When I was about eleven years old I made the mistake of telling my parents I wanted to go to Summer Camp. That's what you get from reading too many Enid Blython novels.
My parents, excited that fínally I wanted to do something besides reading while reading chocolate, dropped what they were doing and before I knew it I was enlisted in a residential Summer Camp. As the number of days till my departure dwindled, my sense of trepidation grew. And once I got to Summer Camp I lasted only two and a half days. Then I fell off my bike. An accident I grabbed hold of as a reason to go home. Immediately.
What I remember of those two and a half days, are lots of 'fun activities'. And after the fun activities, there were some more fun activities. And I was homesick during all of them. The only time I felt better, was at night, when the fun activities finally stopped and we had to go to bed. Then I rejoiced in the peace and quiet of my bunk bed.
Now I'm a mom of five kids, and one of the things teachers keep bringing up is their concern that my kids aren't 'outgoing' enough. 'Do they have enough playdates?' they worriedly ask me. 'Do you offer them enough after school activities so they can interact with their peers?'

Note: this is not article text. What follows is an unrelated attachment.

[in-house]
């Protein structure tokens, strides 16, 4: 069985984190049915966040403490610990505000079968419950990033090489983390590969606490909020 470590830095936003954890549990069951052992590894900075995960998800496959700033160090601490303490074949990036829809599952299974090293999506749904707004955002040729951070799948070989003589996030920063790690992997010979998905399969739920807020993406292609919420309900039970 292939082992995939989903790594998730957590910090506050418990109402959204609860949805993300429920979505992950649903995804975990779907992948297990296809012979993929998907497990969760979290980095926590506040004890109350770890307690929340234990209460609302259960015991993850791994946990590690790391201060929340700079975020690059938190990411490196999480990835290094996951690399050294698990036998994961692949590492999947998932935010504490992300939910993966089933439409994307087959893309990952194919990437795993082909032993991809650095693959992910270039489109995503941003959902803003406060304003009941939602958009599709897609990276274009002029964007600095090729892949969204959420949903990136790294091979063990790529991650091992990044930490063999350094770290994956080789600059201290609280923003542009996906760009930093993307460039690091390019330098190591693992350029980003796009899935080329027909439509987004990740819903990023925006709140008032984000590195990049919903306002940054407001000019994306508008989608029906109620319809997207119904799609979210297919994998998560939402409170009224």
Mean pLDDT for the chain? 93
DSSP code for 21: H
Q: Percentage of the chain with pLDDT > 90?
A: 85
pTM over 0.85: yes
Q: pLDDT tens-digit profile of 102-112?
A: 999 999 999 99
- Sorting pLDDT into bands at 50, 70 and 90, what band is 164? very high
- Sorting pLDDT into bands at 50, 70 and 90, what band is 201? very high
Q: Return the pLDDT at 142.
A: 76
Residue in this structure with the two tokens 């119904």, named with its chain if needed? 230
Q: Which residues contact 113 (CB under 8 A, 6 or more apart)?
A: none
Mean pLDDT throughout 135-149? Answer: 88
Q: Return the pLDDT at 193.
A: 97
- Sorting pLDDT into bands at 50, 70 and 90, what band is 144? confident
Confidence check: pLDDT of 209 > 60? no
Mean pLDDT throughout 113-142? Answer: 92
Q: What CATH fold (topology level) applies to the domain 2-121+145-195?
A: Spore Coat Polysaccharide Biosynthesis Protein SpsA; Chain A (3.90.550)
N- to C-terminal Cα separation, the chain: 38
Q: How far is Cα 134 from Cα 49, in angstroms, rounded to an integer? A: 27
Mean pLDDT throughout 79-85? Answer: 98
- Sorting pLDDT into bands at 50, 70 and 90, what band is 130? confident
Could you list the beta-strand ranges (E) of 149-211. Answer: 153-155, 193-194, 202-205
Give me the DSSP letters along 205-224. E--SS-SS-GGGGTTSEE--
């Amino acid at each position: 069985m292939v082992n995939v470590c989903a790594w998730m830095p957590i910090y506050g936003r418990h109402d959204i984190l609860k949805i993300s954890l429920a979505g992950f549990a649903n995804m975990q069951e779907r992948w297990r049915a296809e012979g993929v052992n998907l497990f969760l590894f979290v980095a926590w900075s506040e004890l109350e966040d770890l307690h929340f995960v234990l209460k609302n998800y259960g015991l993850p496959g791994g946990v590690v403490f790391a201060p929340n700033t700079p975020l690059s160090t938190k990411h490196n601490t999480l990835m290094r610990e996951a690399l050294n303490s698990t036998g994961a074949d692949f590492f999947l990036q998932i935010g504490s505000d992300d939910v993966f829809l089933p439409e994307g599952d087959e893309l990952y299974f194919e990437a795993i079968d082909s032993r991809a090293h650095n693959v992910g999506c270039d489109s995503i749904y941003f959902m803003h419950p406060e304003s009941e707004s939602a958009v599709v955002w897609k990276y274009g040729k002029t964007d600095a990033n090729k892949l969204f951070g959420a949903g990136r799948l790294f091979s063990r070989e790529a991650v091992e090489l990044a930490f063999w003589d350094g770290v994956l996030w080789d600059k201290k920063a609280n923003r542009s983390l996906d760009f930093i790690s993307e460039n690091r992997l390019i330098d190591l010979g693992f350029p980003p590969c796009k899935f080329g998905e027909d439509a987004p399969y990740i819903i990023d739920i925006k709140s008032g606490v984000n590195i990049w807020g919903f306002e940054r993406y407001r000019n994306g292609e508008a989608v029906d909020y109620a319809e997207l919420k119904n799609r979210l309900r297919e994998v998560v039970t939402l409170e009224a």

Their worry was starting to rub off on me.
But after reading Susan Cain's book Quiet: The Power of Introverts in a World That Can't Stop Talking I look at these things differently. My kids and I are simply introverts in a world where being an extravert has become the norm.
Suddenly I don't have to feel guilty or boring anymore, because I hate crowded parties. And suddenly it makes sense amusement parks remind me of hell. I'm an introvert, like about half the world's population. I would like to shout it from the roof tops, on the melody of Helen Reddy's song 'I am woman hear me roar': 'I am an introvert, hear me roar.'
But introverts don't roar.
And whenever my kids ask me about Summer Camp, I ask thém: 'Have you been reading Enid Blython?!'